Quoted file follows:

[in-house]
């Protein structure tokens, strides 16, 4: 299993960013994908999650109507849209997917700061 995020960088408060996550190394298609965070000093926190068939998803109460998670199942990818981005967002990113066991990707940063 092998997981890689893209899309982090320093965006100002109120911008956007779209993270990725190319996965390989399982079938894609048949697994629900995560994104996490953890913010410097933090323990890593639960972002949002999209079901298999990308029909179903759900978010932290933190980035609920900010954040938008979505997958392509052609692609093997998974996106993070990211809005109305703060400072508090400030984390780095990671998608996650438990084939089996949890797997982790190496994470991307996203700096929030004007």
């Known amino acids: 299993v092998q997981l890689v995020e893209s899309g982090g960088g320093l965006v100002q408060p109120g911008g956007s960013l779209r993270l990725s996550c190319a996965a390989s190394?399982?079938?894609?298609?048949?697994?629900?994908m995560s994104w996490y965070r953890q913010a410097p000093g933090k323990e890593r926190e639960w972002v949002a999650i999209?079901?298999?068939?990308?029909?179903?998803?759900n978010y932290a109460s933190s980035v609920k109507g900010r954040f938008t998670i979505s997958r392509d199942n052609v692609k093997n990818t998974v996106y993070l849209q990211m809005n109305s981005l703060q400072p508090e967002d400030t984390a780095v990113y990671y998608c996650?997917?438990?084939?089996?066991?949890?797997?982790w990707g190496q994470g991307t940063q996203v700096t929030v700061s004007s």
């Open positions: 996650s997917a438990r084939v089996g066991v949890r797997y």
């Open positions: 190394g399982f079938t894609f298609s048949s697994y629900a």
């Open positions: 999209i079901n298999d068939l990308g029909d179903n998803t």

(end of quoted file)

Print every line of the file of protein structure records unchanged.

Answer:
[in-house]
């Protein structure tokens, strides 16, 4: 299993960013994908999650109507849209997917700061 995020960088408060996550190394298609965070000093926190068939998803109460998670199942990818981005967002990113066991990707940063 092998997981890689893209899309982090320093965006100002109120911008956007779209993270990725190319996965390989399982079938894609048949697994629900995560994104996490953890913010410097933090323990890593639960972002949002999209079901298999990308029909179903759900978010932290933190980035609920900010954040938008979505997958392509052609692609093997998974996106993070990211809005109305703060400072508090400030984390780095990671998608996650438990084939089996949890797997982790190496994470991307996203700096929030004007």
């Known amino acids: 299993v092998q997981l890689v995020e893209s899309g982090g960088g320093l965006v100002q408060p109120g911008g956007s960013l779209r993270l990725s996550c190319a996965a390989s190394?399982?079938?894609?298609?048949?697994?629900?994908m995560s994104w996490y965070r953890q913010a410097p000093g933090k323990e890593r926190e639960w972002v949002a999650i999209?079901?298999?068939?990308?029909?179903?998803?759900n978010y932290a109460s933190s980035v609920k109507g900010r954040f938008t998670i979505s997958r392509d199942n052609v692609k093997n990818t998974v996106y993070l849209q990211m809005n109305s981005l703060q400072p508090e967002d400030t984390a780095v990113y990671y998608c996650?997917?438990?084939?089996?066991?949890?797997?982790w990707g190496q994470g991307t940063q996203v700096t929030v700061s004007s």
């Open positions: 996650s997917a438990r084939v089996g066991v949890r797997y």
């Open positions: 190394g399982f079938t894609f298609s048949s697994y629900a």
């Open positions: 999209i079901n298999d068939l990308g029909d179903n998803t």